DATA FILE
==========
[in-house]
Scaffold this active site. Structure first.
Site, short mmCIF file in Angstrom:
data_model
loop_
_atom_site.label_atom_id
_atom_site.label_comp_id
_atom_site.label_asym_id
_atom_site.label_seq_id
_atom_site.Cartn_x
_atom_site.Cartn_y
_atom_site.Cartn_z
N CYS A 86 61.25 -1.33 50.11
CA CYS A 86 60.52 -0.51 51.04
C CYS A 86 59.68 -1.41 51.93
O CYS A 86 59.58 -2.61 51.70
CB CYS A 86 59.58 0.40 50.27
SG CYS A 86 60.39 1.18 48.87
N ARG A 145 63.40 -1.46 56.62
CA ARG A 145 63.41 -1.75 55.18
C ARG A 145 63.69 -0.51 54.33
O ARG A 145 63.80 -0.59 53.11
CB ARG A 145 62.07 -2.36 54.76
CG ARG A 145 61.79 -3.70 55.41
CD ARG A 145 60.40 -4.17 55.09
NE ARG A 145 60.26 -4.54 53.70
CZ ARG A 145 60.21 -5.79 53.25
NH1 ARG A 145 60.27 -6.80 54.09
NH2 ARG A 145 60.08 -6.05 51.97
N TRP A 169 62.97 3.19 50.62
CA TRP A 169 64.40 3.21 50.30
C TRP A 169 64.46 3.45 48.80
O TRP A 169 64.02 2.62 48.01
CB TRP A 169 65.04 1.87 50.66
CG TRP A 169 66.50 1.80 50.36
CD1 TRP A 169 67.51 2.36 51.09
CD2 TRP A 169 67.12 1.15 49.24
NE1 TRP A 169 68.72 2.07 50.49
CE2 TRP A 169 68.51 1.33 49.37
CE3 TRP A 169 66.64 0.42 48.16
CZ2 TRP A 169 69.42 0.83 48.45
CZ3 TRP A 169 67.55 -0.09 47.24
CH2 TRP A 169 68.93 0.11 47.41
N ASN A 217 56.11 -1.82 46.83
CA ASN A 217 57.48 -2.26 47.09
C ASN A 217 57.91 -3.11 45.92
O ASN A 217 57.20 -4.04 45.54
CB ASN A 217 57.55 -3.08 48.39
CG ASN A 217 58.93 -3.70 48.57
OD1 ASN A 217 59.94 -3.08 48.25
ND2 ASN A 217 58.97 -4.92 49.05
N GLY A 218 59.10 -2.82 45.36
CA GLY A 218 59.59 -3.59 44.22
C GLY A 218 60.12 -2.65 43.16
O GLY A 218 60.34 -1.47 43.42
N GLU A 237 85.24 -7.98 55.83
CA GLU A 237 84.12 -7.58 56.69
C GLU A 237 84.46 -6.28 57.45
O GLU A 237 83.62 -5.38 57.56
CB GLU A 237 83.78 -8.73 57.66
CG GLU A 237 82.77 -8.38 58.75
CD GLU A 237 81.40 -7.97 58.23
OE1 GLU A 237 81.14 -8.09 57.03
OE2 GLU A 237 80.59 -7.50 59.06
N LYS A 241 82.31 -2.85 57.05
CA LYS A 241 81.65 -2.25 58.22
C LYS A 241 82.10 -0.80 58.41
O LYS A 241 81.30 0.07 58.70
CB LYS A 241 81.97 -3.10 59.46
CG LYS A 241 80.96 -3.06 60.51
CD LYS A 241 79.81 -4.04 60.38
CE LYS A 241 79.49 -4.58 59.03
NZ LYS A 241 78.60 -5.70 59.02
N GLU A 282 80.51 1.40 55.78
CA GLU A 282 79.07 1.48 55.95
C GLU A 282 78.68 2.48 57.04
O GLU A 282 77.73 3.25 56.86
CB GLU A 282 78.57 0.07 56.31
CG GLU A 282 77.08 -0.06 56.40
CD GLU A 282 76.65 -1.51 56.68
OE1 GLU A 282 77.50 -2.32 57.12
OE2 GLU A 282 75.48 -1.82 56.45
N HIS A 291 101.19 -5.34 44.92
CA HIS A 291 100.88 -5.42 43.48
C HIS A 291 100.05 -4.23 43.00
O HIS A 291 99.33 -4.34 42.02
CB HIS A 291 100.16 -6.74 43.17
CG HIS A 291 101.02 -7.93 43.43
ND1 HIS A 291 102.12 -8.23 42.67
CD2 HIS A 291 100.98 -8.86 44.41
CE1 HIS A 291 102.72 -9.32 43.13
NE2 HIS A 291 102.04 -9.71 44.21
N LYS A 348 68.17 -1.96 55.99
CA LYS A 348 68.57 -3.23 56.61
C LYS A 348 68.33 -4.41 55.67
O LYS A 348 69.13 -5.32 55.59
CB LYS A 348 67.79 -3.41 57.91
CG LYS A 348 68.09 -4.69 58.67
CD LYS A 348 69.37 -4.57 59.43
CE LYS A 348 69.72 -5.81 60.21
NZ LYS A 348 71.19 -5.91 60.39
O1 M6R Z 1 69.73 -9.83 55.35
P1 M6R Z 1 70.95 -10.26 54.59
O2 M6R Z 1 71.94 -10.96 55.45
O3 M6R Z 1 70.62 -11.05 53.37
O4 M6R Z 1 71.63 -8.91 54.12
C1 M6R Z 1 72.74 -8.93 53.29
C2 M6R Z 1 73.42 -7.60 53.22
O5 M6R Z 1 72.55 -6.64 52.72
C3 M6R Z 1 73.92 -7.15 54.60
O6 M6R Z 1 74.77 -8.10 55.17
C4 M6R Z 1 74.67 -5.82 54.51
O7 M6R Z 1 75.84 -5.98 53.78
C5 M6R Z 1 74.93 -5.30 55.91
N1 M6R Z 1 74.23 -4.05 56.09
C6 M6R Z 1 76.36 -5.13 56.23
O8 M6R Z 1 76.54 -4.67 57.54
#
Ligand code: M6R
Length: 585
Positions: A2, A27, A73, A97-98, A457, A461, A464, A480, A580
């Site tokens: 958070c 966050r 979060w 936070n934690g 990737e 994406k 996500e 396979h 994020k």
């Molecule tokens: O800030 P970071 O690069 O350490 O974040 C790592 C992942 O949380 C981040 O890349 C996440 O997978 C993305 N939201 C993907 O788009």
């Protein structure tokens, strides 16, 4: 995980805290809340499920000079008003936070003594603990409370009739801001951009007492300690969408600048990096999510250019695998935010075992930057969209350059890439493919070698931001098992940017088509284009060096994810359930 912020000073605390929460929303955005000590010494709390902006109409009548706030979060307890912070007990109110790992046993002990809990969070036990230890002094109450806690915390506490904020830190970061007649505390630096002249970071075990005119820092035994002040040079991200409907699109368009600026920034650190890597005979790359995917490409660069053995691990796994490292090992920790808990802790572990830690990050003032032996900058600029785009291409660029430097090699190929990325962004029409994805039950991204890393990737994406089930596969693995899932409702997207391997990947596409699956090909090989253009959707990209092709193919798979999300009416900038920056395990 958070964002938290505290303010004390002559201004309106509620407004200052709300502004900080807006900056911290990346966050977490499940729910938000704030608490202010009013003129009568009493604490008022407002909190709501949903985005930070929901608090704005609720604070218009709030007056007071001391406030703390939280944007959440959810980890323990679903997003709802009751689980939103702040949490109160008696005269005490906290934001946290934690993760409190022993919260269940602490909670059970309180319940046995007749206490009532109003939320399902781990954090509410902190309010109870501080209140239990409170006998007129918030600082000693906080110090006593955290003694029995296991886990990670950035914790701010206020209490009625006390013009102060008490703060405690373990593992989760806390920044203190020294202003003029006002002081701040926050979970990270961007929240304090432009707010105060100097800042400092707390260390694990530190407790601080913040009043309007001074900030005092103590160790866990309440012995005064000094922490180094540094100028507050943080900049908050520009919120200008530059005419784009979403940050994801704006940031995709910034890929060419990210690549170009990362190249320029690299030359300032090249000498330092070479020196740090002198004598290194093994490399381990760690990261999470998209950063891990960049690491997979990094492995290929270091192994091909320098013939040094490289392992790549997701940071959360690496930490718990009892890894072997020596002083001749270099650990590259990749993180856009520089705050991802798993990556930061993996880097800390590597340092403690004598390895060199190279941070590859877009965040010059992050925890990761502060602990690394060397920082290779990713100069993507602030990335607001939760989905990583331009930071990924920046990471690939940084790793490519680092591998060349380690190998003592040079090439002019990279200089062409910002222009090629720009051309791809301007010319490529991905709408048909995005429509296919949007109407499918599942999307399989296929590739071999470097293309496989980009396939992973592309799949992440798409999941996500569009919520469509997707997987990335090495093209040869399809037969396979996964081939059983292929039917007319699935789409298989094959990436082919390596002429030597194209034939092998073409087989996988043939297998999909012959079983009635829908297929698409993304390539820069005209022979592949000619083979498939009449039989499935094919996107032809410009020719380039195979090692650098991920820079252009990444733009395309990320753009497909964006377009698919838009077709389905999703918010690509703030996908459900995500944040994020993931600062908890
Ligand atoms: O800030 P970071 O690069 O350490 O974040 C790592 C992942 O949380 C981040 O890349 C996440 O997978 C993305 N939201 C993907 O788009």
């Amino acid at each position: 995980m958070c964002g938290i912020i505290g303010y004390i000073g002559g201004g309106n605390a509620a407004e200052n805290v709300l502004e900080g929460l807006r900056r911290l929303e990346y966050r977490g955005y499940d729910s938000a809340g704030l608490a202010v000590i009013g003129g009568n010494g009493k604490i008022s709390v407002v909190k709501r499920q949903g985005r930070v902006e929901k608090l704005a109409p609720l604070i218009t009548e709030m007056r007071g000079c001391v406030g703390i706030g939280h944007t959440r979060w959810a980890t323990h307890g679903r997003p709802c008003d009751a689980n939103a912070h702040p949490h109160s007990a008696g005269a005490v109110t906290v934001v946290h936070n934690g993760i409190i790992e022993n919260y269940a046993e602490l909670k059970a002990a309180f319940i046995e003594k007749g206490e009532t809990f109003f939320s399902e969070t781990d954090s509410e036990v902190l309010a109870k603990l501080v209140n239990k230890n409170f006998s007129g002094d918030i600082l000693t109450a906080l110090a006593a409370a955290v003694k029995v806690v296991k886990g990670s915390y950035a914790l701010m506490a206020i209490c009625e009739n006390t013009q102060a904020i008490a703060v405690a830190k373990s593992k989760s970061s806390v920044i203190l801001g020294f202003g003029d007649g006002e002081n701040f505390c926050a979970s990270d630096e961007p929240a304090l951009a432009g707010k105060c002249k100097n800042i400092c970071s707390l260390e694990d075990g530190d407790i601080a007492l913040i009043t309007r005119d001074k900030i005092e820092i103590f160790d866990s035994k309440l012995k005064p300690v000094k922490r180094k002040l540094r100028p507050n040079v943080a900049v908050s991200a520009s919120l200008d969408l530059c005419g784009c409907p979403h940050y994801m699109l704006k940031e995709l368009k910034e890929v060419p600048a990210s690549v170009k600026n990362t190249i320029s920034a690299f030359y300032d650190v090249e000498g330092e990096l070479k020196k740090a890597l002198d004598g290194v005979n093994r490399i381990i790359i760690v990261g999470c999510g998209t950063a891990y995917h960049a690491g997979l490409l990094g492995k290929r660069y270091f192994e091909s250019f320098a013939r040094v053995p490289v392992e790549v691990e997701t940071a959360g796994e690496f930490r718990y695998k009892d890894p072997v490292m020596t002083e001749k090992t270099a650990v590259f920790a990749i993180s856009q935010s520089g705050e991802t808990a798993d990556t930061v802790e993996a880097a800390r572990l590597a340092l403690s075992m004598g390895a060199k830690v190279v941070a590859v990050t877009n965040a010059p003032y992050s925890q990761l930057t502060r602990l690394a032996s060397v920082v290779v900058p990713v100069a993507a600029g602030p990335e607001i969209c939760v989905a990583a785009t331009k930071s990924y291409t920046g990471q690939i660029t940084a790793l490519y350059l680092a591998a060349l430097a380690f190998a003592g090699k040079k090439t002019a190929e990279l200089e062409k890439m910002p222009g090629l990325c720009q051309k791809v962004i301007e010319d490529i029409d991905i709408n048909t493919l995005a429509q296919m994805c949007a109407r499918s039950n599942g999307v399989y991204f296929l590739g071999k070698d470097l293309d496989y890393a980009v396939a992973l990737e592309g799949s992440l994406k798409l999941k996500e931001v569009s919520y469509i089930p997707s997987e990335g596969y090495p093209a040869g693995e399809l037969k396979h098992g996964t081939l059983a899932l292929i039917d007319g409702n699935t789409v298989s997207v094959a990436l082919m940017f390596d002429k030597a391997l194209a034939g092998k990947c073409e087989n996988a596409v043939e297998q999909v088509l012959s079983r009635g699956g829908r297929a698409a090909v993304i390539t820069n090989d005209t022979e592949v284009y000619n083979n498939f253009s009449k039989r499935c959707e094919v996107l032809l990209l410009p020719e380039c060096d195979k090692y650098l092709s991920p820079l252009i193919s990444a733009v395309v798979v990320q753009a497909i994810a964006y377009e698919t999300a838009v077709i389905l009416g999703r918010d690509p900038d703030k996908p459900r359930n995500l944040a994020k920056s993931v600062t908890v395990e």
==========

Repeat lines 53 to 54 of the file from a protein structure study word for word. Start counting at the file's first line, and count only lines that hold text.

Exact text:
CA GLY A 218 59.59 -3.59 44.22
C GLY A 218 60.12 -2.65 43.16